2001 Progress Report: Children's Exposure to Environmental Tobacco Smoke: Changes in Allergic ResponseEPA Grant Number: R826708C002
Subproject: this is subproject number 002 , established and managed by the Center Director under grant R826708
(EPA does not fund or establish subprojects; EPA awards and manages the overall grant for this center).
Center: Southern California Particle Center and Supersite
Center Director: Froines, John R.
Title: Children's Exposure to Environmental Tobacco Smoke: Changes in Allergic Response
Investigators: Gong, Henry , Diaz-Sanchez, David
Institution: University of California - Los Angeles
Current Institution: Rancho Los Amigos Medical Center , University of California - Los Angeles
EPA Project Officer: Callan, Richard
Project Period: January 1, 1998 through January 1, 2002
Project Period Covered by this Report: January 1, 2000 through January 1, 2001
Project Amount: Refer to main center abstract for funding details.
RFA: Centers for Children's Environmental Health and Disease Prevention Research (1998) RFA Text | Recipients Lists
Research Category: Children's Health , Health Effects , Health
The goal of this research project is to determine the effects of environmental tobacco smoke (ETS) on defined phases of the human allergic antibody response by establishing controlled human and animal models relating to ETS exposure. The specific objectives of this research project are to: (1) determine the mechanisms by which ETS alters the in vivo IgE antibody response in the human upper airway; (2) determine how exposure to ETS alters IgE-independent inflammatory responses in the human upper airway; and (3) test the hypothesis that the in vivo allergic antibody response caused by chronicexposure to ETS is controlled by genetic background and age.
We have focused on experiments to test our hypothesis that acute challenge with ETS will exacerbate the allergic response and compare ETS-induced nasal immune responses to ETS between adults and children.
We recruited 10 child volunteers between the ages of 11 and 14 with a history of allergic rhinitis. These subjects were nonsmokers but lived in a household where a member smoked. The children were advised of the health consequences of smoking and instructed to avoid smoke. The parents were instructed not to smoke in the vicinity of the child. At least 2 weeks later, the subjects were recalled. At this time, they performed a nasal lavage followed by ETS exposure. We have used our previously established human ETS exposure model performed in collaboration with Dr. Henry Gong at the Los Amigos Research and Education Institute. In this model, subjects are exposed to the sidestream smoke of five Kentucky reference cigarettes in a 2-hour period. The subjects performed nasal lavages at different times after exposure. Immunological changes manifest in the nasal lavages then were compared to results obtained from 10 allergic adults (aged 24 to 35 years) who underwent an identical procedure.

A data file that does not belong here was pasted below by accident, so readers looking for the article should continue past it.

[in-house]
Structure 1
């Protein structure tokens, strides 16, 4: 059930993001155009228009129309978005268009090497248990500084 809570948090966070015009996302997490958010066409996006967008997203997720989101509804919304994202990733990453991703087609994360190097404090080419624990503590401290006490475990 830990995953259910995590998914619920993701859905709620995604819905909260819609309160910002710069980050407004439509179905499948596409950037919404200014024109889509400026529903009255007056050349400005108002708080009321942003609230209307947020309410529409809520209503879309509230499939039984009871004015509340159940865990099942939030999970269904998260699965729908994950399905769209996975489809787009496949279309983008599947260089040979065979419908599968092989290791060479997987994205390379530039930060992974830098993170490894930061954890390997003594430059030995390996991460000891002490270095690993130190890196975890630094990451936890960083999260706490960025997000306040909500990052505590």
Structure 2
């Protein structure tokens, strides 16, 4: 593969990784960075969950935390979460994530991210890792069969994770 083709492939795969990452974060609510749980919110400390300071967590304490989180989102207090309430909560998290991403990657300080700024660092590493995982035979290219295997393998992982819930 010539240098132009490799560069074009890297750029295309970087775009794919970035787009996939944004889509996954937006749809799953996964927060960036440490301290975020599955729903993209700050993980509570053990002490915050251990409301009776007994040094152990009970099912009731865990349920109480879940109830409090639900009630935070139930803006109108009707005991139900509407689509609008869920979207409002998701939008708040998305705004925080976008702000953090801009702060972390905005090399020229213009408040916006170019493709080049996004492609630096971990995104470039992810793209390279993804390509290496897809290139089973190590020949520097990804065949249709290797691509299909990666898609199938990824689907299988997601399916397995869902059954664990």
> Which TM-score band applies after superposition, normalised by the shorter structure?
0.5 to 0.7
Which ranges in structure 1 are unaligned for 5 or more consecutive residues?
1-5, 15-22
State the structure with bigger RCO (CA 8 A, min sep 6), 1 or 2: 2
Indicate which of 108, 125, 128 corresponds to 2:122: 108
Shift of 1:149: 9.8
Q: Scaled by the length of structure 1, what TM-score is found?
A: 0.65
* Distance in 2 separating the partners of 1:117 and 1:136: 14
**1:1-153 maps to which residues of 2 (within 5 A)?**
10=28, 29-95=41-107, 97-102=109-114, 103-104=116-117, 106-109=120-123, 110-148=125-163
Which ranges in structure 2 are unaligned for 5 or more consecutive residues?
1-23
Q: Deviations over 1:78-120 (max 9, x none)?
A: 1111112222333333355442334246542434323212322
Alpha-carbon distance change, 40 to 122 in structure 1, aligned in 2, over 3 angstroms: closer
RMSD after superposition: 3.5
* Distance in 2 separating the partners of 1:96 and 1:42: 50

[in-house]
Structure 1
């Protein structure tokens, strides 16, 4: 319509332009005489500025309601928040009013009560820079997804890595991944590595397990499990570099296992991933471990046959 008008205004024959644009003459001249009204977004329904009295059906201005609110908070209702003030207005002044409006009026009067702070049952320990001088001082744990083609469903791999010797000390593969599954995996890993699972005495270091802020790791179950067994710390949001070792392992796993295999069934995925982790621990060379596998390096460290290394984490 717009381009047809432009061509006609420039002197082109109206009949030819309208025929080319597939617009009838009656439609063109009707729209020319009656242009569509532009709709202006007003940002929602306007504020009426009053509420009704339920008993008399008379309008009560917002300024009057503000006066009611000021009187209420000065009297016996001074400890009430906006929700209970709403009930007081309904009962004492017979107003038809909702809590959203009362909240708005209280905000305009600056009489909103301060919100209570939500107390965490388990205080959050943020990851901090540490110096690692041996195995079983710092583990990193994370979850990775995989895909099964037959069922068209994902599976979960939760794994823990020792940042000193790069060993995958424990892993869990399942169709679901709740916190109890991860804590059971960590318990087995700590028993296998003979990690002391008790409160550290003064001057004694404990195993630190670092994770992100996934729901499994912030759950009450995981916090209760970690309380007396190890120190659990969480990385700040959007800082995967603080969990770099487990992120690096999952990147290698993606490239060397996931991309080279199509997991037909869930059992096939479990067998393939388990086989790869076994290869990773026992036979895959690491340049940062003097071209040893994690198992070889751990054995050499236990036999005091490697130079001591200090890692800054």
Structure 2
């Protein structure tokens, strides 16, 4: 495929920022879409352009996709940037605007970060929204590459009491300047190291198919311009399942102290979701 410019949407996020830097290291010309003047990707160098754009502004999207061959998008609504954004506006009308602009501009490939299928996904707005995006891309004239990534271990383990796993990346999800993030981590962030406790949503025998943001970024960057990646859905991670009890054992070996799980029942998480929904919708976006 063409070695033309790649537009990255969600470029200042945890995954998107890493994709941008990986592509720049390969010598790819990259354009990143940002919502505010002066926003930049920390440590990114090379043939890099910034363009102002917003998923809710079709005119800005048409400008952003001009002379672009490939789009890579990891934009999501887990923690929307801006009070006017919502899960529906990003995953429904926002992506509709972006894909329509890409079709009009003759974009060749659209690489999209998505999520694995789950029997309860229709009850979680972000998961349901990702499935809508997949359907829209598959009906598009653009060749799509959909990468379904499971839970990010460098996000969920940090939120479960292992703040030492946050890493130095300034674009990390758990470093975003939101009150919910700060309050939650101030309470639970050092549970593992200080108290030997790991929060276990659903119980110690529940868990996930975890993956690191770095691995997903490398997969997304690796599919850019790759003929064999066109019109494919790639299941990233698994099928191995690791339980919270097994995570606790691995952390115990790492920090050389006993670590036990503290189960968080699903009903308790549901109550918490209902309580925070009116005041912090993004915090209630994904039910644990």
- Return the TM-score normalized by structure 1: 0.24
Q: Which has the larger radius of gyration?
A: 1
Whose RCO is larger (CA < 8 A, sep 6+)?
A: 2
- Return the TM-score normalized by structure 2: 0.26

Production of antibody of the immunoglobulin E class (IgE) is the hallmark of allergy. Both children and adults responded to ETS in a similar fashion. In both groups, levels of total IgE measured in nasal lavages obtained 4 days after ETS challenge were significantly higher than baseline (preexposure) levels. In addition, there was a significant increase of IgG4 levels in both groups. The antibody IgG4 is thought to be coregulated with IgE. In contrast, there was no change from baseline in IgG or IgA (the predominant antibody class in mucosal immunity) levels following ETS challenge in either group. No significant difference was observed in either baseline IgE levels between adults and children or in the magnitude of the IgE increase following ETS challenge (mean = 4.4 ng/mL vs. 5.64 ng/mL, p > 0.05 unpaired t-test).